While Farah gives you an assortment of pasta possibilities, I’ve used a Penne Rigate in my version since it’s what I have in the pantry. Farah also included an awesome recipe for home-made Alfredo Sauce. Since we have several jars of Alfredo Sauce remaining in the pantry from our last Costco run, I wanted to use a jar of prepared sauce rather than make sauce from scratch. That said, I have added a few delights to the processed sauce. I also added crushed garlic from a jar to her recipe (another Costco purchase that I’d rather not have to pack). One final Costco ingredient was that big bag of Rotisserie style chicken meat in the freezer. The bag was originally bought to make a chicken salad that I never got around to making. While there is no way to get the freezer COMPLETELY empty before the move, I am working hard to get it as empty as possible. Besides, moving is costly – so we are trimming the budget as much as possible by utilizing what foods are on hand rather than stock up on more “future” endorsers, no matter what the sale price might be. We have always maintained a well-stocked pantry and jam-packed freezer. Thank goodness for my past future planning – our food budget has been greatly reduced by using up all those sale items purchased back when.

The recipe had me blend the Italian Seasoned Breadcrumbs with Parmesan Cheese and some olive oil. While I’ve used breadcrumb and cheese combinations for a variety of toppings to a baked casserole before, I’ve never added olive oil to the mix. It gives everything this wonderful “finish” that made spreading over the top of the casserole oh so easy. Next time I’m going to try it with my Creamy-Cheesy Au Gratin Potatoes or to add to my Better Betty Crocker Au Gratin Potatoes – Almost from Scratch when I’m feeling a little lazy.

With the kitchen turned up-side-down and packing crates everywhere, this was a delight to prepare for my hungry “crew” – effortless meals is what I am all about these days – effortless and delicious. This Pesto-Alfredo casserole was spot on the mark in both categories.

Pesto-Alfredo Pasta Chicken Bake
16 oz. Penne Rigate
3 cups cooked chicken, cubed
2 cups Italian cheese blend, shredded
5 oz. fresh baby spinach
1 can (15 oz.) petite diced tomatoes, drained
1 Jar Alfredo sauce, improved below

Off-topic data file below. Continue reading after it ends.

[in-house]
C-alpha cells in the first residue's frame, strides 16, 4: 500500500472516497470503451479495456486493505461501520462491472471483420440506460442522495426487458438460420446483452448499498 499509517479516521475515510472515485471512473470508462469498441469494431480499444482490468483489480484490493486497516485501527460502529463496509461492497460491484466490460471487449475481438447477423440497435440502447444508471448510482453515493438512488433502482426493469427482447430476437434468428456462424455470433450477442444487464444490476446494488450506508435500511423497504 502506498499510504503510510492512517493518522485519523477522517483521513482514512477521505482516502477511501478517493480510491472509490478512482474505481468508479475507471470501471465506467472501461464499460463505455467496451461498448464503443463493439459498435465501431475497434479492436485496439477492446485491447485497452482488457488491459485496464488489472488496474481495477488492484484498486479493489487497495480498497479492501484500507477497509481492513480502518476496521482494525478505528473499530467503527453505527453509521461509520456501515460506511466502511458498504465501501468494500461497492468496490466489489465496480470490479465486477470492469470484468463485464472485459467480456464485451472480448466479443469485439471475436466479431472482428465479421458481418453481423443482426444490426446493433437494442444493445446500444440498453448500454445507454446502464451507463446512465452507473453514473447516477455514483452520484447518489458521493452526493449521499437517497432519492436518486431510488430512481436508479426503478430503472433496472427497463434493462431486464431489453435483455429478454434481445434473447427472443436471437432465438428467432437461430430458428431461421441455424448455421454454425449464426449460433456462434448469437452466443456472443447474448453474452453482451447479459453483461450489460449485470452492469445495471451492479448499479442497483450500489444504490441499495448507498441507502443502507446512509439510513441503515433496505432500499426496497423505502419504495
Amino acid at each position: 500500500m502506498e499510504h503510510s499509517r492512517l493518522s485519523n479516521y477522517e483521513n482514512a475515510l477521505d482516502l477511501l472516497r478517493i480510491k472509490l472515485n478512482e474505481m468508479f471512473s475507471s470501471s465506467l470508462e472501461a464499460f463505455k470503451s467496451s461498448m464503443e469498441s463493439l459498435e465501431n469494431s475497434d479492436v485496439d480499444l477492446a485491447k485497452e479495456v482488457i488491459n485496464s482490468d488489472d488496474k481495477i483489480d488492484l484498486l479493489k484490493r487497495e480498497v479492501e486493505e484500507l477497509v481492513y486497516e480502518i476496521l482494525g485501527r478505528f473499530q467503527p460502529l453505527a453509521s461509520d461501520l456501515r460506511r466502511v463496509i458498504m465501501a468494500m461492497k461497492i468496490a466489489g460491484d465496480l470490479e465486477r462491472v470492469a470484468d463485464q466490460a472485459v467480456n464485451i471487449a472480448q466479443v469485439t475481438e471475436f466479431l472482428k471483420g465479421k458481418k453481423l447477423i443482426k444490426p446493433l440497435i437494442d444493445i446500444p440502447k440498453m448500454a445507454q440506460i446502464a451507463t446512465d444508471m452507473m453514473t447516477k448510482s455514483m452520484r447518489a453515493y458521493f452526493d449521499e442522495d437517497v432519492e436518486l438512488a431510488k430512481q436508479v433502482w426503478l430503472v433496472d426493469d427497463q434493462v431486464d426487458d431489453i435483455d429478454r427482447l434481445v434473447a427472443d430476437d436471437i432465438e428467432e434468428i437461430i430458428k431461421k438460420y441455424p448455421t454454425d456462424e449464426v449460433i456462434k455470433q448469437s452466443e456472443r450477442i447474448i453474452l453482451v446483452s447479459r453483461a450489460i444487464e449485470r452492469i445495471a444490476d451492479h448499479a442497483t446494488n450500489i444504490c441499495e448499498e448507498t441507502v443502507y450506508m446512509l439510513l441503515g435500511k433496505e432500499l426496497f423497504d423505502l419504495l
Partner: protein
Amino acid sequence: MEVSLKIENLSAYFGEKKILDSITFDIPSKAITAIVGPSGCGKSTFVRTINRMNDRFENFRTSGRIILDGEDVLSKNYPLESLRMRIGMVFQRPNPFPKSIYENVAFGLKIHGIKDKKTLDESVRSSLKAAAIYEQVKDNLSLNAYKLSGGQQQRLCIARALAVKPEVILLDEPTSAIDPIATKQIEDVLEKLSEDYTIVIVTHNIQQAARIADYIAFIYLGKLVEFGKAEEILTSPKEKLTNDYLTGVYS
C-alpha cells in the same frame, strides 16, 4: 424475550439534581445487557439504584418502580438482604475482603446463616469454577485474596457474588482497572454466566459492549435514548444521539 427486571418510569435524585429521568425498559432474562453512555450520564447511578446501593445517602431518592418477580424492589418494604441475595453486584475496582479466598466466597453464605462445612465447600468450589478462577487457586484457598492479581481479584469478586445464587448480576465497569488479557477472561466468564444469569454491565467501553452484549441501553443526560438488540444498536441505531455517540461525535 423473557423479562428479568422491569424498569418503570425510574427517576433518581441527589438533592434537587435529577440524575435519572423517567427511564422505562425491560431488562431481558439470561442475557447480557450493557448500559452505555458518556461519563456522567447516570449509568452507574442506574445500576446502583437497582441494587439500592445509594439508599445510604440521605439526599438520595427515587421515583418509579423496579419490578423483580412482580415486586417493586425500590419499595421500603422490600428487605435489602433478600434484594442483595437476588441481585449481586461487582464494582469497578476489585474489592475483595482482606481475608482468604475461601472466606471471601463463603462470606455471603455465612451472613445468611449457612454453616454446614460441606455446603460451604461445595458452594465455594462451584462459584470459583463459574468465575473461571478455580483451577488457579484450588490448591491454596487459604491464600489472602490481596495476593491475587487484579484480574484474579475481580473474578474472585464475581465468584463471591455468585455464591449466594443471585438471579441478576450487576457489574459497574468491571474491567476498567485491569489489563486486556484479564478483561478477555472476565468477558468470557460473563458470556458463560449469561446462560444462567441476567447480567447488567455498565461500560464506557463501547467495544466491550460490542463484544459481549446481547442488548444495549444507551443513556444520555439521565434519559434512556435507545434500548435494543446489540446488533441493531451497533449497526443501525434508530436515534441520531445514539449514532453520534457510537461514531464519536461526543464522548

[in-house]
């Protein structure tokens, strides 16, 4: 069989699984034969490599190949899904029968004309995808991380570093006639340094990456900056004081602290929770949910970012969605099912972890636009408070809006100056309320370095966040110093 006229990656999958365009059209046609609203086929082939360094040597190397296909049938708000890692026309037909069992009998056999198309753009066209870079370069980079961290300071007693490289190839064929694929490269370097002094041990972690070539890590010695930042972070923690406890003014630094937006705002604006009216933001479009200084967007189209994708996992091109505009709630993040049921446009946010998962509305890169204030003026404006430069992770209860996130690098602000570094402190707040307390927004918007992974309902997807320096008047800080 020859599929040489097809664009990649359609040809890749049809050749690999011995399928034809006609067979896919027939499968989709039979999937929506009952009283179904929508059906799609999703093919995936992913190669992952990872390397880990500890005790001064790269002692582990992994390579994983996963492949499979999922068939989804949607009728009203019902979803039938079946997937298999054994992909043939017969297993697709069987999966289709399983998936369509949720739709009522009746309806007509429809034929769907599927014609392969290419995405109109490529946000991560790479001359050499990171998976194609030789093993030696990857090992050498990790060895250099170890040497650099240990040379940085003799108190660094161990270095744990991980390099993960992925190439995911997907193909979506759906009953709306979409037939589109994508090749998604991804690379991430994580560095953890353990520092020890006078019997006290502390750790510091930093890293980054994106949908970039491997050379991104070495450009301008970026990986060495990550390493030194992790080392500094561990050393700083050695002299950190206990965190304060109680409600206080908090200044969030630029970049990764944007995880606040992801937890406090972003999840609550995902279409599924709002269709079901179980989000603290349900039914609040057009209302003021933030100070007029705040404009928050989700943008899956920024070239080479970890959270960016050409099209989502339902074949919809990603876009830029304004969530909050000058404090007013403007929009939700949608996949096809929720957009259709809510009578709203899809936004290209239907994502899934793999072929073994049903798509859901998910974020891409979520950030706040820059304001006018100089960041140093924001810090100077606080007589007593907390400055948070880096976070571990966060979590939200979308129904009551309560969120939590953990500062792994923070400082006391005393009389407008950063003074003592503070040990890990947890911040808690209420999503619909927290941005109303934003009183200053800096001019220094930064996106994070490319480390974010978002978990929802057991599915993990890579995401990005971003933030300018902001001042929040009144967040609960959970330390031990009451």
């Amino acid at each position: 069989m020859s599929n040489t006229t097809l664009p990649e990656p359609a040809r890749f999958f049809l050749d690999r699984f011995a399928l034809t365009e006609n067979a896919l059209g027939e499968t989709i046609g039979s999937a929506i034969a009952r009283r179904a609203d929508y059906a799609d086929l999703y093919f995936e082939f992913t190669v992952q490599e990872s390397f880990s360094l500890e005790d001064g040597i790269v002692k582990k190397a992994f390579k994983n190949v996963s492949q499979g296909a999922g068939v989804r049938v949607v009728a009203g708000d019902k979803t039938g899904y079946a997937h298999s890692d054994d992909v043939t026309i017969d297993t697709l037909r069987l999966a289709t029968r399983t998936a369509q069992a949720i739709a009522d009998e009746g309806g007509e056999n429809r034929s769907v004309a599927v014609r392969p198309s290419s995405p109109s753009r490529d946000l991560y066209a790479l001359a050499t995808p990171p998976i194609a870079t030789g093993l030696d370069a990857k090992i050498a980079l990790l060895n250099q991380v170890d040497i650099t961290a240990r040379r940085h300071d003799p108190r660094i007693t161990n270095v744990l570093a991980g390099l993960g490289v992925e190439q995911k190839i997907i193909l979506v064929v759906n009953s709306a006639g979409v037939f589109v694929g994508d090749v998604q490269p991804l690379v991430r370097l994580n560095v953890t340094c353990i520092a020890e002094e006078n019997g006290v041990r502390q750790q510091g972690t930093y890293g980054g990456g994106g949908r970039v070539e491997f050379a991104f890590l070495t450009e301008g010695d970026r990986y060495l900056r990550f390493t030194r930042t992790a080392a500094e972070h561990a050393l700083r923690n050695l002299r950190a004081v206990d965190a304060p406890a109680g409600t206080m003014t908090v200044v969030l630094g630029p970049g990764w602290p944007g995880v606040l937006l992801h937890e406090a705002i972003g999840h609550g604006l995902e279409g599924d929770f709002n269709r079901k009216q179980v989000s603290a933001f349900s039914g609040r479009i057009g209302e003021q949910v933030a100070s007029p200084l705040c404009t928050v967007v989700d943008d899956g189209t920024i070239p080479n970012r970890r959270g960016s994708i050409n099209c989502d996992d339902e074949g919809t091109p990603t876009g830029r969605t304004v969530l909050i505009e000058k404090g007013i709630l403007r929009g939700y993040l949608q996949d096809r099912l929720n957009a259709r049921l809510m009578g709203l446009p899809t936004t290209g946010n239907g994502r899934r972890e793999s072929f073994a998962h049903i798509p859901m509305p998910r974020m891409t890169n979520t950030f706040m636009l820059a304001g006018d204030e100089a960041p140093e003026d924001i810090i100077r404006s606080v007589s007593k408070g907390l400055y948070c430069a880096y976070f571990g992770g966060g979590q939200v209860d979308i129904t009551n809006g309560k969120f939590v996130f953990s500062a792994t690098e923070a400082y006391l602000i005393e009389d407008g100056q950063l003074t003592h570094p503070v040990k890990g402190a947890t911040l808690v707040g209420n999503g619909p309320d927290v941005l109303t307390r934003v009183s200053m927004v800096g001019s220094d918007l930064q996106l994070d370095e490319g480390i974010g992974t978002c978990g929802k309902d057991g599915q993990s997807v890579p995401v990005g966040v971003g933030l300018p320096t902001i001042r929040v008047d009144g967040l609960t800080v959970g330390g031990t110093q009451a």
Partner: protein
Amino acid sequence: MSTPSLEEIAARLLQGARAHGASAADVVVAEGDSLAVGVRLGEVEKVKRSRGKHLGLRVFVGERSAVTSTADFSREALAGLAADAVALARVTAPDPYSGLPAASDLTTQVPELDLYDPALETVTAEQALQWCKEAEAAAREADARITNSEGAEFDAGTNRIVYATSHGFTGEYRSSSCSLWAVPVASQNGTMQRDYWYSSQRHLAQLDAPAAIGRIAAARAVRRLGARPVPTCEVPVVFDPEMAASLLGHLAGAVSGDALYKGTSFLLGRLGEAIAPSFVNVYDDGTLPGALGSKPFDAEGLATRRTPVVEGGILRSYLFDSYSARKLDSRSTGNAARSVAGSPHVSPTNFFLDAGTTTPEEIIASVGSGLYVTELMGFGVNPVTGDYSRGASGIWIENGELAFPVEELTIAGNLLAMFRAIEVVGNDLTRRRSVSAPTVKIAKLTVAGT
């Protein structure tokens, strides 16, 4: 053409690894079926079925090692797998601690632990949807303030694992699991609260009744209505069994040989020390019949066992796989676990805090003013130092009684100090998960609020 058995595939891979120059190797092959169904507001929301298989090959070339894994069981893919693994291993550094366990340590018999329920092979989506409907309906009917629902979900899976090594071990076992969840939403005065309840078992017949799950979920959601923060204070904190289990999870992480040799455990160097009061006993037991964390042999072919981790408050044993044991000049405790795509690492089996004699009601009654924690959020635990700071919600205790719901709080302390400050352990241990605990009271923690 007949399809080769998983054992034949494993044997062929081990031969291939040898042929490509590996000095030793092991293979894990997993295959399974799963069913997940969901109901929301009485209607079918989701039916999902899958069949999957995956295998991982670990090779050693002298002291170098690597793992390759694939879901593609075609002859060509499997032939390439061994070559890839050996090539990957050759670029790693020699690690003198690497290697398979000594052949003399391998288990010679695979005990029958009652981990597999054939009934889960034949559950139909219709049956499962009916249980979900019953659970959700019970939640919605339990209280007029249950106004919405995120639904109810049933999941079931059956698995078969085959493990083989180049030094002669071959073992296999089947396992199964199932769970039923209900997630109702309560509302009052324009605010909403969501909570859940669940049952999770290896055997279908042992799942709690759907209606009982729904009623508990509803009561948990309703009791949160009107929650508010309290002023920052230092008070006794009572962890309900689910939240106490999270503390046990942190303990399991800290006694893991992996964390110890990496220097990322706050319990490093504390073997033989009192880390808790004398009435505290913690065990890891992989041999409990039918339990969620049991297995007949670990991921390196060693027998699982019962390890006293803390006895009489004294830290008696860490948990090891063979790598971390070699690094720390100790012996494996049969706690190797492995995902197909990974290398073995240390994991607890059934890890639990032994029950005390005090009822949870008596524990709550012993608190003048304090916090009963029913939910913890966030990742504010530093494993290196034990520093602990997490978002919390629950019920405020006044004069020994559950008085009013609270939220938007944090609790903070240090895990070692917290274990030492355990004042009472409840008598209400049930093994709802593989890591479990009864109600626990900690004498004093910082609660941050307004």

2/3 cup milk
1 jar (7 oz.) pesto
2 Tablespoons Crushed Garlic (Jar) or to taste
½ cup Italian breadcrumbs
1 cup Parmesan cheese, grated
1 tablespoon olive oil

Cook the pasta until just before al dente. DO NOT over cook the pasta as it will continue to cook while baking. Drain and rinse pasta under cold water to stop the cooking process.

While the pasta is cooking, pre-heat the oven to 350 degrees.

Combine chicken, cheese blend, spinach, tomatoes, Alfredo sauce, milk and pesto in a bowl large enough to hold the pasta as well. Stir to blend everything together. Add pasta to the chicken mix and give it another stir to combine all the ingredients. Set aside.

Lightly spray a 9″x13″ casserole dish with cooking spray. Pour the chicken/pasta mixture into the prepared casserole dish. Spread evenly with the back of a spoon and set aside.

In a small bowl, combine seasoned breadcrumbs,Parmesan cheese and oil. Sprinkle the breadcrumb mixture over the casserole.

Place casserole, uncovered, into the preheated oven on the middle rack. Bake for 30 minutes or until piping hot and bubbling with goodness.

Remove from oven and let rest for 5 minutes before serving.

Serve with a crisp green salad and warm garlic bread and enjoy!


Best Alfredo Sauce from a Jar
1 Jar Bertolli Alfredo Sauce
1/4 Cup Heavy Cream
1 Teaspoon Chopped Garlic (from a jar)
Fresh Ground Pepper to taste
1 Pinch Nutmeg

In a sauce pan over low heat, empty jar of Alfredo Sauce.

To the now empty jar, add about 1/4 cup cream. Close jar and swirl, shake to blend and gather any remaining sauce with cream. Pour into the pan.

Add chopped garlic, fresh pepper and just a pinch of Nutmeg. Stir gently and heat over low heat. Alfredo sauce is best when allowed to gently warm.

Use in above recipe or pour over favorite pasta, toss to blend.

Taste and adjust pepper as necessary.

  • Note: If using the sauce alone with no other “color” such as basil or spinach or other herbs in the dish, you can add a sprinkling of color when serving by chopping some Italian Parsley or fresh chives.

Original source: http://www.thecookingjar.com/pesto-chicken-pasta-bake/

Crock Pot Pizza Pasta

Today would have been Brother Dear’s 60th birthday. Over the years since his surrender to cancer, I’ve shared some of his favorite dishes to honor and remember him by.  His most favorites were summed up nicely with links on Christmas Eve the year of his passing in my post Celebrating Life – A Collection of Brother Dear’s Favorite Recipes.